What causes hydronephrosis?
There are numerous causes of hydronephrosis that are categorized based upon the location of the swelling and whether the cause is intrinsic (located within the urinary collecting system), extrinsic (outside of the collecting system) or if it is due to an alteration in function of the parts of the urinary system.
Examples of intrinsic causes of hydronephrosis
- Kidney stone. Likely the most common reason to have unilateral hydronephrosis is a kidney stone that causes obstruction of the ureter. The stone gradually moves from the kidney into the bladder but if it should act like a dam while in the ureter, urine will back up and cause the kidney to swell. This would be classified as an intrinsic obstruction.
- Blood clot
- Stricture or scarring
- The inability to empty the bladder (urinary retention) for any reason may cause bilateral hydronephrosis.
- Urethral stricture
- Urethral valves
- Urethral cancer
Examples of extrinsic causes of hydronephrosis
- Tumors or cancers that compress the ureter and prevent urine flow. Examples include lymphoma and sarcoma, especially if they are located in the retroperitoneum, where the kidneys and ureters are located behind the sac that contains the bowel.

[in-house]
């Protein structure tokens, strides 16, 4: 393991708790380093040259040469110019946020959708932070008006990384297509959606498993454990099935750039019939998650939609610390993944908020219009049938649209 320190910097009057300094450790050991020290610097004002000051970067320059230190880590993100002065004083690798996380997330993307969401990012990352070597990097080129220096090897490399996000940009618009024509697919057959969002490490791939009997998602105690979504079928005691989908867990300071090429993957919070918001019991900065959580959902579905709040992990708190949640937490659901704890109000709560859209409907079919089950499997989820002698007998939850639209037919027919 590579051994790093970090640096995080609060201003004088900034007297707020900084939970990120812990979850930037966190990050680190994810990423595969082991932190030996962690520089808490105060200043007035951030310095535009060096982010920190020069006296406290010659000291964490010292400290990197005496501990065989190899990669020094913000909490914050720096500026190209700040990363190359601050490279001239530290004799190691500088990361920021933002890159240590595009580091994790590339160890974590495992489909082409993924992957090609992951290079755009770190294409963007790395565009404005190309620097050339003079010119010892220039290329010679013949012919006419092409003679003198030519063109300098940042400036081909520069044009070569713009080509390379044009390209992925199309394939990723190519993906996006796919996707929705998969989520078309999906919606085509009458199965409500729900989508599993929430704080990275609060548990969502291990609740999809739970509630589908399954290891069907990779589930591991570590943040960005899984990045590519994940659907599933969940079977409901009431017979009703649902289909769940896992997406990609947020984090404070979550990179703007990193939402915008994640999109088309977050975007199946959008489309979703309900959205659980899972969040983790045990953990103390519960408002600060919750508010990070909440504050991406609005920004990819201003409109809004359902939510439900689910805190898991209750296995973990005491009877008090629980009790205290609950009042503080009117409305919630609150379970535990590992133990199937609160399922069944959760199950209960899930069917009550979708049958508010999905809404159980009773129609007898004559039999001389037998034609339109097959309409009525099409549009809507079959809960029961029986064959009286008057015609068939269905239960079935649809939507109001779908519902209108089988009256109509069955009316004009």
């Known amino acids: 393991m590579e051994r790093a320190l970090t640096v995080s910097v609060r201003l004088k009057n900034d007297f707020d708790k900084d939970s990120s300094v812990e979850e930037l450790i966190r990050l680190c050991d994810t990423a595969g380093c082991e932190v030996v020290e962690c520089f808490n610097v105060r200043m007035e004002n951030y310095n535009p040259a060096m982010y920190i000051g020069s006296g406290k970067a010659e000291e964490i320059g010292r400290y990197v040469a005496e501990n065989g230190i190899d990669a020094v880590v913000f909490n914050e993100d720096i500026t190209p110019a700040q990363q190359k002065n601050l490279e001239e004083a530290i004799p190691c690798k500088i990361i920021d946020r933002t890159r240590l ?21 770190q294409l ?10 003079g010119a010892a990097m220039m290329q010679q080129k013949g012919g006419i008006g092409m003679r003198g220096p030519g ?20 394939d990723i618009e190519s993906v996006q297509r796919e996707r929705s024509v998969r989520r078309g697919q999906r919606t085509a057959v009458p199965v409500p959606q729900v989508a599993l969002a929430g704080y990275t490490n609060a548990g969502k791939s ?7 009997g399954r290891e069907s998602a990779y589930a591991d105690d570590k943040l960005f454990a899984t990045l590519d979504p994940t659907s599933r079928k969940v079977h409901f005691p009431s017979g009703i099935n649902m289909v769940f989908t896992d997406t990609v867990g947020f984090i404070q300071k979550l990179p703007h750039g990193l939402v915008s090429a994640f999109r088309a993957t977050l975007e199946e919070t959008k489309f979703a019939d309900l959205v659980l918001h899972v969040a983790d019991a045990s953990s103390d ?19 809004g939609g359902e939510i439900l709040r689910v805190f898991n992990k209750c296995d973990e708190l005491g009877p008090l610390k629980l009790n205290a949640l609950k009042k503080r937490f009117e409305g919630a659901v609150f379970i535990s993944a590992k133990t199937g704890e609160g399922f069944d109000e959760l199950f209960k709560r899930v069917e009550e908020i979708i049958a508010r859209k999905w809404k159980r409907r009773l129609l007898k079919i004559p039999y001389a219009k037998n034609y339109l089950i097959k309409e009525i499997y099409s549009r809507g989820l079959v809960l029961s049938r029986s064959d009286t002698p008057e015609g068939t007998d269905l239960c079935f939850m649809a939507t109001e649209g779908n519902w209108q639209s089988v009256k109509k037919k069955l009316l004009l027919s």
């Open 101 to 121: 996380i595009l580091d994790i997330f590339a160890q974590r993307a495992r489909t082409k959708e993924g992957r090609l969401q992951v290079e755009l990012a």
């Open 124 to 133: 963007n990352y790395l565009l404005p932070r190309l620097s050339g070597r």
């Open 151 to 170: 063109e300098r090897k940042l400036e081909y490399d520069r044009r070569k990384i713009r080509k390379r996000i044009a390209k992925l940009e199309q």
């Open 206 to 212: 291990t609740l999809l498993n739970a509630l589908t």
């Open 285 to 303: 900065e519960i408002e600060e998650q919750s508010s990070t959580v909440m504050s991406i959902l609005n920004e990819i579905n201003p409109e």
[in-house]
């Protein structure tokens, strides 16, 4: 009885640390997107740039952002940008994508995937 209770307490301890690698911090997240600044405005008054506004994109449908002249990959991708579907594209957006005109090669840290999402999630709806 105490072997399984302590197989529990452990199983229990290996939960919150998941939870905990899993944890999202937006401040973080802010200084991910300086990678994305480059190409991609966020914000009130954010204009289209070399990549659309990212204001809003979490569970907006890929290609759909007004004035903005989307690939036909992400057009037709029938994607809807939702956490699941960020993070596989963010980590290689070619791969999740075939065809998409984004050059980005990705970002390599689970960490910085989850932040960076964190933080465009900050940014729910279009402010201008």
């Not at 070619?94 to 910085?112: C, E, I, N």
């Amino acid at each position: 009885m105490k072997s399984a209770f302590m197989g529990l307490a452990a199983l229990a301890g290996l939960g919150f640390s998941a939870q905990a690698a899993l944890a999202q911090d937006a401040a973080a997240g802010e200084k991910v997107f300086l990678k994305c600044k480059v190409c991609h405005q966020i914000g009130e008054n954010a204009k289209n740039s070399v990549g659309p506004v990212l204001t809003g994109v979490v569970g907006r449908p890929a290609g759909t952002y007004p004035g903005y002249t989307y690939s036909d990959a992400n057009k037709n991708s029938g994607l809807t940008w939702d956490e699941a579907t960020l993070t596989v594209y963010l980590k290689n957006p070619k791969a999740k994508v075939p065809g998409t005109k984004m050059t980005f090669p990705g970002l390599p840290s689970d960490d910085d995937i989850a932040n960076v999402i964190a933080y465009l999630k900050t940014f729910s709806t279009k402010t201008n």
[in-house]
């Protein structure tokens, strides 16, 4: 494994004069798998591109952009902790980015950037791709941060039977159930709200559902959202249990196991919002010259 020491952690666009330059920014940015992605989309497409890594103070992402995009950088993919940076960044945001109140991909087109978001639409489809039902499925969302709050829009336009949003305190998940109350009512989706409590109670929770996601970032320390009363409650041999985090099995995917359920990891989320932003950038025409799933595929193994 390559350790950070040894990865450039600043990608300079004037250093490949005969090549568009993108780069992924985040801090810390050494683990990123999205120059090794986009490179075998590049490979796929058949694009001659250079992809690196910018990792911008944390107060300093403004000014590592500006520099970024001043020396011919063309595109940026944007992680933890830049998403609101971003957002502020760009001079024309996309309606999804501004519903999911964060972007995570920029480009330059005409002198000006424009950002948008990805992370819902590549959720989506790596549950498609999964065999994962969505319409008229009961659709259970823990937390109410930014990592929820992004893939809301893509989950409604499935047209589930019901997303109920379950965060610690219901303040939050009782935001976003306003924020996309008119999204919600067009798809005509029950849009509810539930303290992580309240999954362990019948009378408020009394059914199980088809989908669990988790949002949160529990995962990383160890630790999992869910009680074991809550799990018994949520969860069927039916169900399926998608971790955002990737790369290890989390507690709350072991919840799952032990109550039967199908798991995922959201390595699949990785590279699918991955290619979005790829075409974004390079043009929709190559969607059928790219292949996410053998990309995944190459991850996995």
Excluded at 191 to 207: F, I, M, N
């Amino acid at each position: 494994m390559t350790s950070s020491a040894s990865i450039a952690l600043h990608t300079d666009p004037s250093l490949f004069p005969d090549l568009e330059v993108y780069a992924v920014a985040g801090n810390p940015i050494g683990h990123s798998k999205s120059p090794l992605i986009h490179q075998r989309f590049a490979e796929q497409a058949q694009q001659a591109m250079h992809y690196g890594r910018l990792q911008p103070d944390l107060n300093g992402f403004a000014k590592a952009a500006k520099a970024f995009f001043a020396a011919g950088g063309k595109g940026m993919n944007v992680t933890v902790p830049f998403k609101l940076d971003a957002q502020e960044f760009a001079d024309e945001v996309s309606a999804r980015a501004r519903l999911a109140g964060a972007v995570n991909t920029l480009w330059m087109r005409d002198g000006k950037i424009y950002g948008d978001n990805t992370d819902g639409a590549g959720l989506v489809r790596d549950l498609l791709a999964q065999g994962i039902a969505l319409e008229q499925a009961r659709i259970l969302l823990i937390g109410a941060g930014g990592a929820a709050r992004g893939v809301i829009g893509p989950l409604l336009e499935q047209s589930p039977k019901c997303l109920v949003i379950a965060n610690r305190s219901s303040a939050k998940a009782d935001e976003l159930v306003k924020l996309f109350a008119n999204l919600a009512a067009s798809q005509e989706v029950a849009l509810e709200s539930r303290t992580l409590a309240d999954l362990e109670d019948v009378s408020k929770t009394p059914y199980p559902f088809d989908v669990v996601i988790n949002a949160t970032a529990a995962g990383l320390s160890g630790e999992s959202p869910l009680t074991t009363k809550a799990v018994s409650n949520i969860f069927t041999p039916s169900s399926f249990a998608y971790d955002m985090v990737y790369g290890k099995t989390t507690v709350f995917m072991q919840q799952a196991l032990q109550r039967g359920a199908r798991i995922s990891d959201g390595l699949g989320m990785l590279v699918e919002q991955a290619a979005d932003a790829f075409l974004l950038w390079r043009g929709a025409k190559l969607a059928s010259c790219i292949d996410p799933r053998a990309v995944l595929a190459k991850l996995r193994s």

- Retroperitoneal fibrosis
- Ovarian vein syndrome
- Cancer of the cervix
- Cancer of the prostate
- Uterine prolapse
- Scarring due to radiation therapy
- Prostate hypertrophy or swelling is a common cause of urinary retention and subsequent hydronephrosis in males.
- Prostate cancer
Examples of functional causes of hydronephrosis
- Neurogenic bladder or the inability of the bladder to function properly occurs because of damage to the nerves that supply it. This may occur in brain tumors, spinal cord injuries or tumors, multiple sclerosis, and diabetes among other causes.
- Vesicoureteral reflux where urine flows backwards from the bladder into the ureter. Prenatal hydronephrosis is an example, though it may occur at any time in life.
What are the symptoms of hydronephrosis?
There may or may not be direct symptoms of hydronephrosis depending upon the underlying cause.
Individuals with acute hydronephrosis, for example symptoms from renal colic due to a kidney stone begin with an acute onset of intense flank or back pain radiating to the groin, associated with nausea, vomiting, and sweating. Colicky pain comes and goes and its intensity may cause the person to writhe or roll around or pace in pain. There may be blood seen in the urine.